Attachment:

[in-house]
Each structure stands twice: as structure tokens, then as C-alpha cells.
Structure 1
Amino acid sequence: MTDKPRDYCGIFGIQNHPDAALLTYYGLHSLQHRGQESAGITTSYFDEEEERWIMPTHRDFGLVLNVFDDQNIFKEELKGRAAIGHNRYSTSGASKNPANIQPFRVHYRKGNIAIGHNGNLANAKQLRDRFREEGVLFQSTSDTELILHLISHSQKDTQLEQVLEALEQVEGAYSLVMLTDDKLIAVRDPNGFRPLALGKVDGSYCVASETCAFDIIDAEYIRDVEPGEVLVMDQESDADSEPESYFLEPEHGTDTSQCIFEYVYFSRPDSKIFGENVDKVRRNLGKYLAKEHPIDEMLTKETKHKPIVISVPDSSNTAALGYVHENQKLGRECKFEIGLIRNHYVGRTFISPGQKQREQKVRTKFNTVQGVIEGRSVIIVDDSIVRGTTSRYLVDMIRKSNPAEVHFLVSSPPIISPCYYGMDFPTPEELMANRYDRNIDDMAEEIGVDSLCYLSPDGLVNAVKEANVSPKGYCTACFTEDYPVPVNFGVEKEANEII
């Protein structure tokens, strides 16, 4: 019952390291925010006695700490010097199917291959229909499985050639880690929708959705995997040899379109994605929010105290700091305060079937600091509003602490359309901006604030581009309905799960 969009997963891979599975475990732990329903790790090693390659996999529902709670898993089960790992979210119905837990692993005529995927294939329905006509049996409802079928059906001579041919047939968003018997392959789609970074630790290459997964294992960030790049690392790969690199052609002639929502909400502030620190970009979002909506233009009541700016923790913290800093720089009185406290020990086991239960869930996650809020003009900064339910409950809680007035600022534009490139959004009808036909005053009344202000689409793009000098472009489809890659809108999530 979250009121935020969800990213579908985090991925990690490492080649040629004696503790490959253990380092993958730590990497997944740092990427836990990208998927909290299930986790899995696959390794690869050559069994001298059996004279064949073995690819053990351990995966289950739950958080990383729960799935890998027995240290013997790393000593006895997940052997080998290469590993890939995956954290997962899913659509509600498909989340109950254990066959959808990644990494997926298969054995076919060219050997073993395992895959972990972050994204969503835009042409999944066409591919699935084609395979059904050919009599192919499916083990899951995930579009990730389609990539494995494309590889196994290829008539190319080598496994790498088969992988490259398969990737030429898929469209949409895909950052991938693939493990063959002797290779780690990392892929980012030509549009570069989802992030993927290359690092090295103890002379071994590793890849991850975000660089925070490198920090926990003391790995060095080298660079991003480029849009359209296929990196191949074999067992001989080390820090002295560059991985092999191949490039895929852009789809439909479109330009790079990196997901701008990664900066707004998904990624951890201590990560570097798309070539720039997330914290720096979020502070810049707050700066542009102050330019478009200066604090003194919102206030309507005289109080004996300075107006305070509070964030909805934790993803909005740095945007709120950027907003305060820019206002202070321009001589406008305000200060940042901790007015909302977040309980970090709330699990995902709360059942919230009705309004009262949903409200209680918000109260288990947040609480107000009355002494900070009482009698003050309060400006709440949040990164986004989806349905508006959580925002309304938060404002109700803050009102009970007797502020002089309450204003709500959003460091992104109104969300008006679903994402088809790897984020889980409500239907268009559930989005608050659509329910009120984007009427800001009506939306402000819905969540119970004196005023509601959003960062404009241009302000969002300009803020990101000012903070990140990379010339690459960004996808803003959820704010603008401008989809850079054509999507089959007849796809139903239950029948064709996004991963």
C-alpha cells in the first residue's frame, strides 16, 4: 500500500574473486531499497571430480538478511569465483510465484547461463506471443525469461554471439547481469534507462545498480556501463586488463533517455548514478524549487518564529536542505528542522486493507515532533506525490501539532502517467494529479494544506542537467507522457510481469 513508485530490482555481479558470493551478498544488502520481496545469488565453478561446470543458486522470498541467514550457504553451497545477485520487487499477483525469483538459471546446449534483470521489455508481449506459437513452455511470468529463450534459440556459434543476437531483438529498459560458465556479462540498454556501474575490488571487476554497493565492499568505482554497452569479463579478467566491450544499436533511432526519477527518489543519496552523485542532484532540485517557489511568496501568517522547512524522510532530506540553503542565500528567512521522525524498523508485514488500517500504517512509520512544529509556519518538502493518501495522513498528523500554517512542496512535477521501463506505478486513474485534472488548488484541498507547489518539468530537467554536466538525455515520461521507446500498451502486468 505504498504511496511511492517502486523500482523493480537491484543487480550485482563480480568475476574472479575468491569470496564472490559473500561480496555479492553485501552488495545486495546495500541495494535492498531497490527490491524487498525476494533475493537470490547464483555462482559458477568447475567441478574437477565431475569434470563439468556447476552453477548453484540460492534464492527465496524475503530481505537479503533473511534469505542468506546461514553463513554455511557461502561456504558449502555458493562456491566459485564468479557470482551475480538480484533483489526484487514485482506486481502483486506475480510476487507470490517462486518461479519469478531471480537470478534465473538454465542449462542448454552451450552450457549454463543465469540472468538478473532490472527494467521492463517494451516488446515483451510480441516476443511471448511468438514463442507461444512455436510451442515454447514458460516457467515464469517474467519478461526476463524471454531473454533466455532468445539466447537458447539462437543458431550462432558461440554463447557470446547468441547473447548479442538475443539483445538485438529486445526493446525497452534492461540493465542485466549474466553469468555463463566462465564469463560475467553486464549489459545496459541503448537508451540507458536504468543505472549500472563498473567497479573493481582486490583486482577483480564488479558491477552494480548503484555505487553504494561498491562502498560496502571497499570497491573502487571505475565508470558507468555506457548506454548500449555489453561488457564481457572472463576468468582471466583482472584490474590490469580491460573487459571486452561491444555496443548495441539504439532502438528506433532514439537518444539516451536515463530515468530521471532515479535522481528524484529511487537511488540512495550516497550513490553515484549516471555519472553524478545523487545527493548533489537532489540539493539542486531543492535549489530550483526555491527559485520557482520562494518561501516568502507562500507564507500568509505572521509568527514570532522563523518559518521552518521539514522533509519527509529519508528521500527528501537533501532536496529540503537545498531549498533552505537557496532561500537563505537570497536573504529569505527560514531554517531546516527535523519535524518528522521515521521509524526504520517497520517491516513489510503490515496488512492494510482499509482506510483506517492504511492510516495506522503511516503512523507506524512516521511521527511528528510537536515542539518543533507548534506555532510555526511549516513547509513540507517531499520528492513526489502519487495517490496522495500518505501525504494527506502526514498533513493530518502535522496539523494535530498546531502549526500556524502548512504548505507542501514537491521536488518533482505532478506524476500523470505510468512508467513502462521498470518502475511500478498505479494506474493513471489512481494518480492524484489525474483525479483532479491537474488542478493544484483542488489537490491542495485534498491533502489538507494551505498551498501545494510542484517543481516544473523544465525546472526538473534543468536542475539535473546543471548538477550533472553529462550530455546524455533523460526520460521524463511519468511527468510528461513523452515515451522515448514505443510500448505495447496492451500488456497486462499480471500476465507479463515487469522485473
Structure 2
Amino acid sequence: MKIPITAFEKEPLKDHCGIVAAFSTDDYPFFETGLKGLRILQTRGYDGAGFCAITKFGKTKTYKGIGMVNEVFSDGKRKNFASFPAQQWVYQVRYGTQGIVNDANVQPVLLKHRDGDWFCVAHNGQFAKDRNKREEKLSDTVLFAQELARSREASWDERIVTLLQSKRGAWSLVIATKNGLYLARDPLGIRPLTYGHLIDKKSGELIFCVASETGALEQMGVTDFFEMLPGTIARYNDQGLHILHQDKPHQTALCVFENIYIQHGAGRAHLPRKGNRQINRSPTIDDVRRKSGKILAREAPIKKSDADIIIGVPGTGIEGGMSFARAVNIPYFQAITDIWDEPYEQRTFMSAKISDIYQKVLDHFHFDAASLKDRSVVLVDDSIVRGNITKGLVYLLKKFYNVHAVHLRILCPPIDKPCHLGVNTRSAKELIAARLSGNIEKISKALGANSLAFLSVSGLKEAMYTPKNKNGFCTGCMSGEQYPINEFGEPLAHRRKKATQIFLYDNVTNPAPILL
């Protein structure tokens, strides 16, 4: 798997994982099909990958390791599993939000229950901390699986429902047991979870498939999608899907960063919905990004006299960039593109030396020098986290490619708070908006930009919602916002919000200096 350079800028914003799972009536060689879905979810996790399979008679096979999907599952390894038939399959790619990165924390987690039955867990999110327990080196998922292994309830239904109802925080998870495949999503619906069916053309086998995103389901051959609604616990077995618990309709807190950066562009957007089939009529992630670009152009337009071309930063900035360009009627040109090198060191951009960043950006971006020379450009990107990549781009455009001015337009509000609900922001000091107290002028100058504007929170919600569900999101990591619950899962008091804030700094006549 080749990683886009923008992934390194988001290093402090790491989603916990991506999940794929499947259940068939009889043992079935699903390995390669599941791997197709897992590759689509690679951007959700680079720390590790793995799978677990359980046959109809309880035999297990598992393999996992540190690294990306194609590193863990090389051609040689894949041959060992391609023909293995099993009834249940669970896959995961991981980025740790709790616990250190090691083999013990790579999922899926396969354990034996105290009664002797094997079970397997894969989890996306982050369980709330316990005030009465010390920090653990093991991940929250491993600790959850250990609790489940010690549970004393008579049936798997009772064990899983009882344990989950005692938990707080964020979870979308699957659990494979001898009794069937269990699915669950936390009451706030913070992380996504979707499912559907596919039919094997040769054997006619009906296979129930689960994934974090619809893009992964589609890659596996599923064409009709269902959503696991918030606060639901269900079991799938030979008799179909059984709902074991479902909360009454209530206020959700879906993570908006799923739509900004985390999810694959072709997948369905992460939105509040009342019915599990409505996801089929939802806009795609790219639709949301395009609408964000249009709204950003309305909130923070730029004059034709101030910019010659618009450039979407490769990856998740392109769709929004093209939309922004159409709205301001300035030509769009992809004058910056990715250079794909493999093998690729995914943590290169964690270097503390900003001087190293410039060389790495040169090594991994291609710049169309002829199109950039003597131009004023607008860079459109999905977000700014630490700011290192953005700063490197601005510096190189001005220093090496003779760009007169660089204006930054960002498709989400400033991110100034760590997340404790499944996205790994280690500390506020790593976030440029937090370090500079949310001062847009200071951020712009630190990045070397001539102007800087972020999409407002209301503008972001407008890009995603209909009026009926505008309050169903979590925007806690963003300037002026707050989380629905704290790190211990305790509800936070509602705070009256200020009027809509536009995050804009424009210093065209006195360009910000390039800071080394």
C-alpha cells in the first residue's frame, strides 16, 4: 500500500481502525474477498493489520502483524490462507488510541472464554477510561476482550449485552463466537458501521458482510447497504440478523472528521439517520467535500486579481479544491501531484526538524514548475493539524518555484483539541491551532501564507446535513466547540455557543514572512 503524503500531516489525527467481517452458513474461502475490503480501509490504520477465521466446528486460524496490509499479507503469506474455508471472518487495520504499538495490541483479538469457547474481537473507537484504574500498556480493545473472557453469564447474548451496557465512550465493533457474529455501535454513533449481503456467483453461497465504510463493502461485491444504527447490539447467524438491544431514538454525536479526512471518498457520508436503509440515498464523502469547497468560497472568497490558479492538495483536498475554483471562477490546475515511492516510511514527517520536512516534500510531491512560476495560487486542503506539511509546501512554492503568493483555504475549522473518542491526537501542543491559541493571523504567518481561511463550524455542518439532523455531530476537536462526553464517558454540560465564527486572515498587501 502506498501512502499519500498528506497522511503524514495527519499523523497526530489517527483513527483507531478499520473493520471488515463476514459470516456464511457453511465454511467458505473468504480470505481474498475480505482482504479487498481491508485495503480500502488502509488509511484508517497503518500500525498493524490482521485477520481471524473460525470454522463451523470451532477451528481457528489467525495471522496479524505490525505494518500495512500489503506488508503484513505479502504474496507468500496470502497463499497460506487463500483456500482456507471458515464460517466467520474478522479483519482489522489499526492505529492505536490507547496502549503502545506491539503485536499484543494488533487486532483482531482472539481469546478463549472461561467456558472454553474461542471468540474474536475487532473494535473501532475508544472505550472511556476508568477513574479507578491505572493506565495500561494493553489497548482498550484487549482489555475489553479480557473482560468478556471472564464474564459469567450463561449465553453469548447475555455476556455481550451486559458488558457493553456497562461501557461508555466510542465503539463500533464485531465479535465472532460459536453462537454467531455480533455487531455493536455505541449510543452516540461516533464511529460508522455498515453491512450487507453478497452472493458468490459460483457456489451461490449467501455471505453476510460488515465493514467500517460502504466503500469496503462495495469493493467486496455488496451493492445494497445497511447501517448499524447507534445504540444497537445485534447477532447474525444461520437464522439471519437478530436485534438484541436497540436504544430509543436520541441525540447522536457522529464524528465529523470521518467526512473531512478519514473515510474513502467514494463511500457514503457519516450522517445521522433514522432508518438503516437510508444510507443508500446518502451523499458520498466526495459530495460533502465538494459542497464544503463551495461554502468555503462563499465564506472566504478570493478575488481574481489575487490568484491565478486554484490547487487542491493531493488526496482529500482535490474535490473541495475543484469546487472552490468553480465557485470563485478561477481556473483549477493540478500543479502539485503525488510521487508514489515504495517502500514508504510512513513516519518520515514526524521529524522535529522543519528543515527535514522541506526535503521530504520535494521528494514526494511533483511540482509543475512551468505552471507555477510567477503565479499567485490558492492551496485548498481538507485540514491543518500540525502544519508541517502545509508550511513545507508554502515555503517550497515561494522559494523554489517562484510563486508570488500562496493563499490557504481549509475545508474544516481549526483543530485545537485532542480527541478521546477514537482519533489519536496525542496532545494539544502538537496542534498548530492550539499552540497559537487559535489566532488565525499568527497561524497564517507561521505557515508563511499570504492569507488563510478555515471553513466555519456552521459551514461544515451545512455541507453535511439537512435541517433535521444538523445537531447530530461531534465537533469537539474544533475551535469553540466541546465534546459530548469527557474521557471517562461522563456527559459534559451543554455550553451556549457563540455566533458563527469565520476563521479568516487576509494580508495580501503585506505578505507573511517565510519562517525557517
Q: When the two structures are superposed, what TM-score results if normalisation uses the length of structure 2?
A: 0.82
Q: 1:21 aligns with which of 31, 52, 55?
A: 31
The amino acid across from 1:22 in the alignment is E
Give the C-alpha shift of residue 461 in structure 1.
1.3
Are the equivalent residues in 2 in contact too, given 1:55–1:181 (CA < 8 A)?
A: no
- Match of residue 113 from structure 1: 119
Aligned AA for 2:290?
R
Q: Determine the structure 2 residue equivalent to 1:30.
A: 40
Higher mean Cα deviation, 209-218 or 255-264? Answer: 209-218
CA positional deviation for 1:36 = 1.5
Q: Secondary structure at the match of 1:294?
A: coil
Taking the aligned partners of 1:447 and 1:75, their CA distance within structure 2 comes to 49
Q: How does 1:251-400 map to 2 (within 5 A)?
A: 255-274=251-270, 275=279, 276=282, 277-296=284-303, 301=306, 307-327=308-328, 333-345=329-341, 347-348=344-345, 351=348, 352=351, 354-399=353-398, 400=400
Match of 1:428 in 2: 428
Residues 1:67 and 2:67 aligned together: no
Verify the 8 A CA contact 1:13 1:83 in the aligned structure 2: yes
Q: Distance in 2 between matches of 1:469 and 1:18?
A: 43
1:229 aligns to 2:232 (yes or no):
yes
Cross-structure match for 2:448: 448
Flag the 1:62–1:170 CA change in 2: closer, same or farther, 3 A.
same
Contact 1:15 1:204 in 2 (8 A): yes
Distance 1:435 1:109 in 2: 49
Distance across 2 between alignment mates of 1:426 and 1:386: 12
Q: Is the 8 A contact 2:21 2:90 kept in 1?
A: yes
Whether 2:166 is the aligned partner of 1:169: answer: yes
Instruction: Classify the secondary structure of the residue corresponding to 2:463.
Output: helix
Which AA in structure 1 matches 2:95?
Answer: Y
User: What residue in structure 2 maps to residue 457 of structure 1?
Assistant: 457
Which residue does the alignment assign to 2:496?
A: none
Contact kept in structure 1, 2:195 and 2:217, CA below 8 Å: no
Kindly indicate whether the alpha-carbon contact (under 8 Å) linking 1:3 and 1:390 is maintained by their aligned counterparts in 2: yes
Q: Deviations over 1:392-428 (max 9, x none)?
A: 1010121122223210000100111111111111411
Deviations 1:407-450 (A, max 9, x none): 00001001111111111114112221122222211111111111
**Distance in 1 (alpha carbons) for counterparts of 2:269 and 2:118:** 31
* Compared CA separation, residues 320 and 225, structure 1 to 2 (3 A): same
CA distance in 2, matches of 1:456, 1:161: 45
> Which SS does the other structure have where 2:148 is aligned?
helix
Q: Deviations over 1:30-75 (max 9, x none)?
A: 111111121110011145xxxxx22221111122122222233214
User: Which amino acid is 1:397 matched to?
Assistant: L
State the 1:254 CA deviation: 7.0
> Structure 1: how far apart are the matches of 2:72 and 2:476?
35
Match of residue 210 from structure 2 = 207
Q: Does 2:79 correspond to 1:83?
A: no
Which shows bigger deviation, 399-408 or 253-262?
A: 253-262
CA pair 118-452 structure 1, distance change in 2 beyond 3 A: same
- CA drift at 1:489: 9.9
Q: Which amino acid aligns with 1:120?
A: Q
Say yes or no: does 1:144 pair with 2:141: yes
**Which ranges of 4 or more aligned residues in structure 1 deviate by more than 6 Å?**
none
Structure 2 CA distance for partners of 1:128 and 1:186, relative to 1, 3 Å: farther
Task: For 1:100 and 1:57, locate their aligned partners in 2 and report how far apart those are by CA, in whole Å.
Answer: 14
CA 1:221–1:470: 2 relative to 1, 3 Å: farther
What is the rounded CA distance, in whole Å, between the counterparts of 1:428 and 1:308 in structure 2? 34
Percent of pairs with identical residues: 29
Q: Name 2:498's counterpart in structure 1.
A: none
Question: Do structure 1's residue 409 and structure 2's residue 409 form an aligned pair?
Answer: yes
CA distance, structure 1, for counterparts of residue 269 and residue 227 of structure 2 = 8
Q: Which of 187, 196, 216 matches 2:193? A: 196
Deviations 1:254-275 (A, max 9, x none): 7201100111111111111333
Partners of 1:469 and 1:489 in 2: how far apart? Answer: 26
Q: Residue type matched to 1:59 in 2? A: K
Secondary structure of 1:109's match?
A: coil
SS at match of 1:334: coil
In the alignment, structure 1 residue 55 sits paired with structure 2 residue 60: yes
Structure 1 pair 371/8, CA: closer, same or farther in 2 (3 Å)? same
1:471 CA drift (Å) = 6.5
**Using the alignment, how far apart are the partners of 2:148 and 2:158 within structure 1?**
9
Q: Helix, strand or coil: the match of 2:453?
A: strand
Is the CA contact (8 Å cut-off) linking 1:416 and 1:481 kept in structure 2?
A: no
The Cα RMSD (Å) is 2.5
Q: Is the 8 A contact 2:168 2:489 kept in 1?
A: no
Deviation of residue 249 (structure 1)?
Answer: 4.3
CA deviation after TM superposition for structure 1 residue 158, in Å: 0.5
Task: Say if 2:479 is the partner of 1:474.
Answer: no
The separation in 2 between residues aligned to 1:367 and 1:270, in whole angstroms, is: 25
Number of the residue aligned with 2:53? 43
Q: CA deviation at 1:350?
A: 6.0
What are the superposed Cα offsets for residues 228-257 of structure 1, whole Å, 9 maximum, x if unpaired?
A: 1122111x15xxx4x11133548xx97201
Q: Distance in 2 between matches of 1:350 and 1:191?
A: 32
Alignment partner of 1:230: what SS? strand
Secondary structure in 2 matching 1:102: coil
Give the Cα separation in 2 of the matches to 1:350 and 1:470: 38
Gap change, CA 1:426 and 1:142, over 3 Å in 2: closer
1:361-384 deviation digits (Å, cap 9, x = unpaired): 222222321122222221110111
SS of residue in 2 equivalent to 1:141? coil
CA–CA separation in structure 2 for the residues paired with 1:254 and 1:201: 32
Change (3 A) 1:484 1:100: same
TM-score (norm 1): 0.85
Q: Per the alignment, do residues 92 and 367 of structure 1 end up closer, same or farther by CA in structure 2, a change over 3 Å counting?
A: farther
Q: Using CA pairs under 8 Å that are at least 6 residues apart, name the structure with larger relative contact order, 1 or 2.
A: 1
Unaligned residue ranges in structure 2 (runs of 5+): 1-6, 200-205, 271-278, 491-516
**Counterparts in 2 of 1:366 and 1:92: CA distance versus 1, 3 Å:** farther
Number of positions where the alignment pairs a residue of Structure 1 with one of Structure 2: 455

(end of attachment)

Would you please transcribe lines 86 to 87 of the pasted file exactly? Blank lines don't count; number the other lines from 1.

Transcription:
Task: For 1:100 and 1:57, locate their aligned partners in 2 and report how far apart those are by CA, in whole Å.
Answer: 14